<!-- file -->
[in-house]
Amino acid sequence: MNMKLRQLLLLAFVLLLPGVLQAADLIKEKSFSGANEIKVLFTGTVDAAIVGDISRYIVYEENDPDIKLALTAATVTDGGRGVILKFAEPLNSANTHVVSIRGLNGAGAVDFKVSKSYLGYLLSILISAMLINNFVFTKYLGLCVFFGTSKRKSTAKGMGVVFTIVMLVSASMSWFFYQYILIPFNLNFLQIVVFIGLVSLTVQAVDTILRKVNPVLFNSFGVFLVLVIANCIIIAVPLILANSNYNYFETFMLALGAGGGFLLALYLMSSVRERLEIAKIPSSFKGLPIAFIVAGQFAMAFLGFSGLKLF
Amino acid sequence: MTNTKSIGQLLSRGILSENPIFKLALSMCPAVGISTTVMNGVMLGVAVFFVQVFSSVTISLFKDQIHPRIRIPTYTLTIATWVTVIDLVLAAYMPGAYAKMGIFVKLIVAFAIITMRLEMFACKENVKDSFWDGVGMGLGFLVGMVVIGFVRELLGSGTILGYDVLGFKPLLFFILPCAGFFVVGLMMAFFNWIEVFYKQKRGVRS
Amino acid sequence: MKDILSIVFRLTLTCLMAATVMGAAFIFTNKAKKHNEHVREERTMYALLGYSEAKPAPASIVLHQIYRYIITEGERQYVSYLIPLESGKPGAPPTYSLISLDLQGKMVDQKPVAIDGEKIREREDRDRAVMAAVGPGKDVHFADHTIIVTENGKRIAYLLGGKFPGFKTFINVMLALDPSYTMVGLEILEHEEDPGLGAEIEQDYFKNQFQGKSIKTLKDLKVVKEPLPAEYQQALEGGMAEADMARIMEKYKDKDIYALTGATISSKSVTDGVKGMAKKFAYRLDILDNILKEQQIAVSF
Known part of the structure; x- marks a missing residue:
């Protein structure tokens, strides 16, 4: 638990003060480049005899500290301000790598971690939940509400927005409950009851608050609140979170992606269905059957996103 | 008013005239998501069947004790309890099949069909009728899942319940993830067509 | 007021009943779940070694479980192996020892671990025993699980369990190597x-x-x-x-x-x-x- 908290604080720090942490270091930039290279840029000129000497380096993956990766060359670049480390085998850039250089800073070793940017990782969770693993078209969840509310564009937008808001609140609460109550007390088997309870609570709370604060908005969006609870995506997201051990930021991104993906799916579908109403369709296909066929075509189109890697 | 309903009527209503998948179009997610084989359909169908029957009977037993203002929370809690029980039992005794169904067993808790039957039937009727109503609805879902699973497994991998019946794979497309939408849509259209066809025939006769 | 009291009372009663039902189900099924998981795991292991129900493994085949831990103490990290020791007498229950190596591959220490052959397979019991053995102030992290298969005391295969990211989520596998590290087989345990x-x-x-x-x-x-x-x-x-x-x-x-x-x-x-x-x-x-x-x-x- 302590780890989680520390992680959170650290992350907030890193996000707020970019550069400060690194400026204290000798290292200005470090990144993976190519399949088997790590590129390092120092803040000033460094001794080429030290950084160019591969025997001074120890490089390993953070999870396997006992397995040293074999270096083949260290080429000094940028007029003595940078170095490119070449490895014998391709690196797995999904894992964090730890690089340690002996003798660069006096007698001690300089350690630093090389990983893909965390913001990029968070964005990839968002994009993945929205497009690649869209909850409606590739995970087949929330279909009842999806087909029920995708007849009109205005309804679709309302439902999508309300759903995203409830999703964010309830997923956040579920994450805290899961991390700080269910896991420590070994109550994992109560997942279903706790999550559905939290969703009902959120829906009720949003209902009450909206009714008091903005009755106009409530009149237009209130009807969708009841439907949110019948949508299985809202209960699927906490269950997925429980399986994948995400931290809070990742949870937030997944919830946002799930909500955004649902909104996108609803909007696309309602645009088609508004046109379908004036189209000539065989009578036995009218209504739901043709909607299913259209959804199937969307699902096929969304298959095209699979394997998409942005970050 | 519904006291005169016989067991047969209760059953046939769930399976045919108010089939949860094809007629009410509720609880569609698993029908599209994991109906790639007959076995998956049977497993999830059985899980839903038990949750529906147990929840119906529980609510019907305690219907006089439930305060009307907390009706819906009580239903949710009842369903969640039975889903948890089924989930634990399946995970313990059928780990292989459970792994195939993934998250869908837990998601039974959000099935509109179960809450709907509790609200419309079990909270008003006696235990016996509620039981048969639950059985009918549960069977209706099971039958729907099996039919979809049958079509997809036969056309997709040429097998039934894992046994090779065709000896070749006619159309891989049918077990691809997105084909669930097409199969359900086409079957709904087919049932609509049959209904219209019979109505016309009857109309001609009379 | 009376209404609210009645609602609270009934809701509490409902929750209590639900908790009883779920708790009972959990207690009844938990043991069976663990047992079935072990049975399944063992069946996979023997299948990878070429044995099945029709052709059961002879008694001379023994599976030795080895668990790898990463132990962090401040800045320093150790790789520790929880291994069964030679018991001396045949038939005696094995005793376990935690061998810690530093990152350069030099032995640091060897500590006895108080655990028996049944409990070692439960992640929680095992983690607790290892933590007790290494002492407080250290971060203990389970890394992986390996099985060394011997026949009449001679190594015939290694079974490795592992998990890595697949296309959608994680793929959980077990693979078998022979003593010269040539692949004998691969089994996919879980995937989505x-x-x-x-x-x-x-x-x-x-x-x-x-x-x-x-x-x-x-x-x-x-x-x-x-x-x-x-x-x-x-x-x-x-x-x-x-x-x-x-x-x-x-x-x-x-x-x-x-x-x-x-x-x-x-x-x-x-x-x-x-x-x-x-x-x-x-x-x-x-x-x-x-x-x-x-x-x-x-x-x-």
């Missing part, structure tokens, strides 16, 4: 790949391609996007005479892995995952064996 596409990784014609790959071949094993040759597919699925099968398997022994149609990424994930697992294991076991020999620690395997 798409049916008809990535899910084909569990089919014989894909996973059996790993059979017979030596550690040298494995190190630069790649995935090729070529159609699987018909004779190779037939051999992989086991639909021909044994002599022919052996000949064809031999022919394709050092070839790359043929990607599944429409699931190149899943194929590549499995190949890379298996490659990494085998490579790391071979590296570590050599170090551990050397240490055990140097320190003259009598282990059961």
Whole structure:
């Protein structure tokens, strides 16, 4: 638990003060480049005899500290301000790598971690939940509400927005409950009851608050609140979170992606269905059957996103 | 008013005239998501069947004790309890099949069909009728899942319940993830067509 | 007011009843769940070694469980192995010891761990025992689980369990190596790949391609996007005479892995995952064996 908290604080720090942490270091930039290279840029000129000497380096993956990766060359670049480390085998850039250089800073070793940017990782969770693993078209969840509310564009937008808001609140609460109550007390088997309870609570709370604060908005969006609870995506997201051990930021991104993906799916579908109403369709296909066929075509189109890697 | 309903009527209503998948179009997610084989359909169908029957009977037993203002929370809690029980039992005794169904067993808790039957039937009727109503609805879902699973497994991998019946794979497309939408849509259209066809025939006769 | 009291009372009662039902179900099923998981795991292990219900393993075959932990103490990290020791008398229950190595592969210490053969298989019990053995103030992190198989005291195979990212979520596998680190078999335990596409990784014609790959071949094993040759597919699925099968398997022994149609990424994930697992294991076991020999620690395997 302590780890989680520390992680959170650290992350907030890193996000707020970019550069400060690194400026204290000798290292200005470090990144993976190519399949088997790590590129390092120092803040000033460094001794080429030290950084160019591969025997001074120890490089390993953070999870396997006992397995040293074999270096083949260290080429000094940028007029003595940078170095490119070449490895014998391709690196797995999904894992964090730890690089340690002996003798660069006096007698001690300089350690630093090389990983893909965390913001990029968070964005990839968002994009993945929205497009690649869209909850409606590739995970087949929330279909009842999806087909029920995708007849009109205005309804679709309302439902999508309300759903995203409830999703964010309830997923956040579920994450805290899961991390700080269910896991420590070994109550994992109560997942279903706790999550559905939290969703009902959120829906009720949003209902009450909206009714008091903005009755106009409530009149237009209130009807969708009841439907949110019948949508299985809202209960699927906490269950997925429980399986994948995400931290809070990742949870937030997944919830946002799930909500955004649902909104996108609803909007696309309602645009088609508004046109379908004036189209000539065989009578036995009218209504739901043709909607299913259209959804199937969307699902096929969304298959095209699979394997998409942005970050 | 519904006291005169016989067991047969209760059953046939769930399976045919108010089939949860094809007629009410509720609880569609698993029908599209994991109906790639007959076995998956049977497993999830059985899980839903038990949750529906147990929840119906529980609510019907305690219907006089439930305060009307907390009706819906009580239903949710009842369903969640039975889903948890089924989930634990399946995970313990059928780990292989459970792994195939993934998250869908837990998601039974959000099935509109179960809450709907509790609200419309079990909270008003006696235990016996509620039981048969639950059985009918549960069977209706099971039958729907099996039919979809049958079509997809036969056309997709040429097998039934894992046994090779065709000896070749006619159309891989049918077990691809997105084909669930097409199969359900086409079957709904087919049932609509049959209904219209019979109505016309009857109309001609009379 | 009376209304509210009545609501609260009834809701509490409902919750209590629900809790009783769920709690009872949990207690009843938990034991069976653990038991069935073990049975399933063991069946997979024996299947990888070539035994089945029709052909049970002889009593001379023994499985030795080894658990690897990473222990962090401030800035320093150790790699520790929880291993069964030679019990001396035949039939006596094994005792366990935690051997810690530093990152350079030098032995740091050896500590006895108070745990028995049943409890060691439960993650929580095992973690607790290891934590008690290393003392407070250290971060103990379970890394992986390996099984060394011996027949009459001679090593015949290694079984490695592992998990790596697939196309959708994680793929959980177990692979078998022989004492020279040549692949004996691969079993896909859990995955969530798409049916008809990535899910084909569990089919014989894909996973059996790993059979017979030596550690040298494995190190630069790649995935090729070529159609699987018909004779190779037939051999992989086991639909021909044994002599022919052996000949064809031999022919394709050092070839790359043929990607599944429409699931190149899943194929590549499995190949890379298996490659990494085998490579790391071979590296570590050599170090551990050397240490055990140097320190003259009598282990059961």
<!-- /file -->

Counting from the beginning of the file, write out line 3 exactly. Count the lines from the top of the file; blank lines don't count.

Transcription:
Amino acid sequence: MTNTKSIGQLLSRGILSENPIFKLALSMCPAVGISTTVMNGVMLGVAVFFVQVFSSVTISLFKDQIHPRIRIPTYTLTIATWVTVIDLVLAAYMPGAYAKMGIFVKLIVAFAIITMRLEMFACKENVKDSFWDGVGMGLGFLVGMVVIGFVRELLGSGTILGYDVLGFKPLLFFILPCAGFFVVGLMMAFFNWIEVFYKQKRGVRS